Around one year ago in the summer of 2014, just before the new academic year started, a host of personal issues had begun to coalesce and worsen; if strangers (friends of housemates) were in the kitchen, I'd go without food or water; if I needed something from the shop around the corner I'd order takeaway instead to limit human contact. Hardly the healthiest options both physically or financially. Finally I decided enough was enough, so I stamped my little foot (in my mind) and set out to do what needed to be done (in my mind and in reality). Now I have a tendency to research most anything before I go ahead with a decision and bless the Internet for having the answers to damn near anything (I now know which part is the mortar and which is the pestle). But this wasn't quite a black and white set of questions and answers that the font of all knowledge (Wikipedia) or the oracle (Google) could answer, they could only take me so far. These were personal experiences that would differ for everyone. Add to that the fact that nothing was genuinely happening to me to trigger anything; maybe I was just lazy or shy. That's when a little blue bird came to my aid. The connections I had made on twitter allowed me to broach the topic of anxiety issues with people I knew to be vocal and open about their experiences. Through those conversations and a determination to get to the bottom of things I made an appointment with a doctor (at a time I knew there would be few, if any, people present for their own appointments) and unloaded my concerns upon their medically trained mind. I wasn't scared or concerned about doing so, on the contrary I was looking forward to getting a real opinion, in fact I was more worried that the good doctor would say I was mentally sound and send me on my way. How do you contend with the fact that you're just bad at functioning in day-to-day life? As it turned out I was diagnosed with a triple threat of mental health issues, albeit very mild ones compared to what I had learnt in my research: Social Anxiety Disorder (SAD), Body Dysmorphic Disorder (BDD), and that ol’chestnut Depression just for good measure. The pun-loving me got a kick out of being depressed and SAD at the same time. And so my 8 month love affair with medication began.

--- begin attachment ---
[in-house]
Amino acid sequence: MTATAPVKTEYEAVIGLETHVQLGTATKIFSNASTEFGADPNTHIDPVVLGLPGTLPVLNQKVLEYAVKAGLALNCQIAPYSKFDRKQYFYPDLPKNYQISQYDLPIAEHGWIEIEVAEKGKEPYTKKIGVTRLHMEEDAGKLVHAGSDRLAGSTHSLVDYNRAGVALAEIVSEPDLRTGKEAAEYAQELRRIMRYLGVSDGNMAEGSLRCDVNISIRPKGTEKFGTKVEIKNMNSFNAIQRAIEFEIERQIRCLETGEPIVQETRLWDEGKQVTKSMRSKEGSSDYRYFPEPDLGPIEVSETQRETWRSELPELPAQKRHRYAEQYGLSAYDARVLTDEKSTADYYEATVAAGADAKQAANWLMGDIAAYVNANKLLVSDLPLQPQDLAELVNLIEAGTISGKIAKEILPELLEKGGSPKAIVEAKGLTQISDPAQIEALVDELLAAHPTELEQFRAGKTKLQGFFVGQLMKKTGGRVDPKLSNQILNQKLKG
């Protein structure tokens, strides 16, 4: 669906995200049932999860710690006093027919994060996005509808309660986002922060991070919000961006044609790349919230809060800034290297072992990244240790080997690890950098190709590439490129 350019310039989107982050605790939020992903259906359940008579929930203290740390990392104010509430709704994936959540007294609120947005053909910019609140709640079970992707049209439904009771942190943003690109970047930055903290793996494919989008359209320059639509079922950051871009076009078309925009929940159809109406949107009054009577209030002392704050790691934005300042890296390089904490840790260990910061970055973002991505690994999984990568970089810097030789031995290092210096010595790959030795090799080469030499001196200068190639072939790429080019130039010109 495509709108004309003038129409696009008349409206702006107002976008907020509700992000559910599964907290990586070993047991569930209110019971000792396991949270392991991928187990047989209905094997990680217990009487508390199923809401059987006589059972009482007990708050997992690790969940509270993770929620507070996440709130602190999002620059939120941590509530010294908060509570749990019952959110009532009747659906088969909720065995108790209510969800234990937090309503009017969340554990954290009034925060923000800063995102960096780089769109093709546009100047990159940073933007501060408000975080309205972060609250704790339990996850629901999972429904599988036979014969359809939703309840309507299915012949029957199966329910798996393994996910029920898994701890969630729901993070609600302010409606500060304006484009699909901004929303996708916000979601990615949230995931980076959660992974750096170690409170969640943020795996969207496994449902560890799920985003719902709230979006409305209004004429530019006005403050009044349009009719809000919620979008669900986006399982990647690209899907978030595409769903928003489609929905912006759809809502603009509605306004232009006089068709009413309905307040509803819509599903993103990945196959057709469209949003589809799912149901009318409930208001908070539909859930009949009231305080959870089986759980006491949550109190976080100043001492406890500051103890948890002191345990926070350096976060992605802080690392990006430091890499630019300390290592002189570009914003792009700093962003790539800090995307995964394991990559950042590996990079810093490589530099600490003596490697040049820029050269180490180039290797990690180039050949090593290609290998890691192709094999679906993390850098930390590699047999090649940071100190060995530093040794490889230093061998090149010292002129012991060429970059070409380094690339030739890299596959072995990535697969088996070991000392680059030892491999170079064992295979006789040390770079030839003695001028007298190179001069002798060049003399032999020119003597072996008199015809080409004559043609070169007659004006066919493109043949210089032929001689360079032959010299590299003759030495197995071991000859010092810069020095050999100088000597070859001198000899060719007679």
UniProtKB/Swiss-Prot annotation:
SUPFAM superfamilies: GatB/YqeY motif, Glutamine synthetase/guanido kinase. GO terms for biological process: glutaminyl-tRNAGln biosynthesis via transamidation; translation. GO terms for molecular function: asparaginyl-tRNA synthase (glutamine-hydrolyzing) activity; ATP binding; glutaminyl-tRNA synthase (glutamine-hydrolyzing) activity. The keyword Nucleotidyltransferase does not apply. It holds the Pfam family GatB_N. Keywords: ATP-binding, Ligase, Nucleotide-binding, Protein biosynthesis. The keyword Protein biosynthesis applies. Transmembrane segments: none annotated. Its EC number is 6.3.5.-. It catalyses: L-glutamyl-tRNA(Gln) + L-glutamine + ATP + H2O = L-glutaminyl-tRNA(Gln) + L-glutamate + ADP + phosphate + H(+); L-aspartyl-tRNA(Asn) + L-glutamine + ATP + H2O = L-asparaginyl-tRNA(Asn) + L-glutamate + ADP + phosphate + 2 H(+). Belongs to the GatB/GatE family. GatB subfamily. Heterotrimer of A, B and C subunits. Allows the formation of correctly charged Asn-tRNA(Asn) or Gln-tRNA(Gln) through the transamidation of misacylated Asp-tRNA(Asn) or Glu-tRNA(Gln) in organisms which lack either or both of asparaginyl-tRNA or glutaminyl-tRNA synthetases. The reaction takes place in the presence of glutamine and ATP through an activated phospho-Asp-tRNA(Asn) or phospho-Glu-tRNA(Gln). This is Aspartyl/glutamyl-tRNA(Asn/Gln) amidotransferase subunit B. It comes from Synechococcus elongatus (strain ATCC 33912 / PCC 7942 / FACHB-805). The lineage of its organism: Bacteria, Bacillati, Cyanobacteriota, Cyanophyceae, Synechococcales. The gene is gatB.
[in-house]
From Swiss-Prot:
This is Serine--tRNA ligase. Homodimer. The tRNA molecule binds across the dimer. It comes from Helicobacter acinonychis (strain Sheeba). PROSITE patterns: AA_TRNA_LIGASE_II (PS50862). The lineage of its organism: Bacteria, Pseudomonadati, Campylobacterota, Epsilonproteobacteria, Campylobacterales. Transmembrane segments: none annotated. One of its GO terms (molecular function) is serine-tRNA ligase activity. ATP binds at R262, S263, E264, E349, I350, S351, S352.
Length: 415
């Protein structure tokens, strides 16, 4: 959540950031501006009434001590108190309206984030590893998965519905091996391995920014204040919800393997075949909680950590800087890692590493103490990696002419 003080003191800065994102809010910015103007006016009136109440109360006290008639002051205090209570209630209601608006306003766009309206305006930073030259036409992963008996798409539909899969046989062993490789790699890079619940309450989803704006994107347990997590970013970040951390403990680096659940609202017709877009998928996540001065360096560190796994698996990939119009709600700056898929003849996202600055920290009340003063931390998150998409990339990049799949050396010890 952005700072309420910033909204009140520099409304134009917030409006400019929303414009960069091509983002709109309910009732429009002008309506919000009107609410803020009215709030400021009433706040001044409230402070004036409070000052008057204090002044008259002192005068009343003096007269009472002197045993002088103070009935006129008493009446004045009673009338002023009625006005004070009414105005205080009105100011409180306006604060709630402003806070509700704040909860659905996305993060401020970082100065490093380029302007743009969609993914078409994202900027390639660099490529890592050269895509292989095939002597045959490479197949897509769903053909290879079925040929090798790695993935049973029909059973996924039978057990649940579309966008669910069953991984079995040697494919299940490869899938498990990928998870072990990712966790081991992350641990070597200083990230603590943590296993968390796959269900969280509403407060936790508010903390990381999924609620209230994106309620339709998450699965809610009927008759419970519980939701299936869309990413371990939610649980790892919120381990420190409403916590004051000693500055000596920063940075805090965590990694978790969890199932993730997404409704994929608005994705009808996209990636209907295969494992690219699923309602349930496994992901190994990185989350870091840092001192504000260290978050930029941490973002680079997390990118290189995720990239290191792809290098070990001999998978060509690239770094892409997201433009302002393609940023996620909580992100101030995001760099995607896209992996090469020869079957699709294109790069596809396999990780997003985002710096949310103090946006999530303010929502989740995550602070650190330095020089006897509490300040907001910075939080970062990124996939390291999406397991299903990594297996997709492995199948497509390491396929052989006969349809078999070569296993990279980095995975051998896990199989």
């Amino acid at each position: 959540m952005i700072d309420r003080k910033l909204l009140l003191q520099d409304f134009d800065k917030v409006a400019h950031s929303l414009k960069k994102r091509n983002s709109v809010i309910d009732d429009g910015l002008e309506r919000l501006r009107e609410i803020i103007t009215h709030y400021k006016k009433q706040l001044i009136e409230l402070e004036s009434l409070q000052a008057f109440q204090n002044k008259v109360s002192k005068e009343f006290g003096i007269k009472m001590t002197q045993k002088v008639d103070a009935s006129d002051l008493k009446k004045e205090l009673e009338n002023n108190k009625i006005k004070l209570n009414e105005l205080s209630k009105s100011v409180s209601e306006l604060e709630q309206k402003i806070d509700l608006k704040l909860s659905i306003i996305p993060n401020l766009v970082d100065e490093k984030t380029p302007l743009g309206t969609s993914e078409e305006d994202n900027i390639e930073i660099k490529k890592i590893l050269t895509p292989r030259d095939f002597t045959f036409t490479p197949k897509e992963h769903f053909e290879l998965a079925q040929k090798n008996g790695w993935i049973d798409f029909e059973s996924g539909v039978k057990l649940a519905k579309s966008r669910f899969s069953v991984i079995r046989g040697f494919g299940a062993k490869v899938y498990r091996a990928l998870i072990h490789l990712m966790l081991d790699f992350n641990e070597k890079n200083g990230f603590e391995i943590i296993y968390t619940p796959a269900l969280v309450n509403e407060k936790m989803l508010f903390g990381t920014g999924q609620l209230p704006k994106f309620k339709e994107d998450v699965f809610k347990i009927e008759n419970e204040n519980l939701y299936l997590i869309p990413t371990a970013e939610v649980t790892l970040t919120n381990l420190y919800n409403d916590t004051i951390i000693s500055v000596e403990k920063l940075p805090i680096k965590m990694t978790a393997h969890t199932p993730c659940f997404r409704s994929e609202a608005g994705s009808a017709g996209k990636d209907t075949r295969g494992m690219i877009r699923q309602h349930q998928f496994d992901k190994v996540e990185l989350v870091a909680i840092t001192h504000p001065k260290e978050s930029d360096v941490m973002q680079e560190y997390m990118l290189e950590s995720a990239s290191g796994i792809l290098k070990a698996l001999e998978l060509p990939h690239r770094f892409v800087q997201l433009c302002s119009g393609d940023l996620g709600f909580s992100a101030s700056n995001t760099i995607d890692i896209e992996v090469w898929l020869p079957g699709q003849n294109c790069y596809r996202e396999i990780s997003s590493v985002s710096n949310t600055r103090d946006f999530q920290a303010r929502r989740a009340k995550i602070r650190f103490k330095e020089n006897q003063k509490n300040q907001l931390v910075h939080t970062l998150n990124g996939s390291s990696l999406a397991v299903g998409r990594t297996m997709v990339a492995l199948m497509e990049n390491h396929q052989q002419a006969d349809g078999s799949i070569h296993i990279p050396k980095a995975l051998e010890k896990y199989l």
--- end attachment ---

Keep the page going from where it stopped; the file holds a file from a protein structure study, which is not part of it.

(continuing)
Meds are a funny thing. Personally I don't like taking anything unless I really need it. Headaches and the like can be toughened out. A cold can be reasoned with if you have the time and patience to do so. If things get bad enough then sure have a painkiller or what have you, but that just isn't me; I like to know my body is doing its job without external stimuli because I’m stubborn like that. That day in the doctor's office though? Well I'd had enough. Put me on medication, doc, because I don't have the patience for therapy, not yet. Picture it all dramatic like if you want. Maybe some sweeping orchestral score playing over the proceedings. The good doctor went through the possible forms of treatment and allowed me to make the decision of chemical enhancement (makes it sound cooler) over therapy with regular check ups on my progress. Later that afternoon I popped my first antidepressant and went about my business. They worked too. Eventually I was calmer, less irritable, perkier (which I get makes me sound like a cheerleader or something and lord knows my calves would really pop in those skirts). Even the doctor noticed at my check ups. Dosage ran out, prescription was repeated, pill popped, happy days. They even let you do it all online now. No people! Bloody brilliant.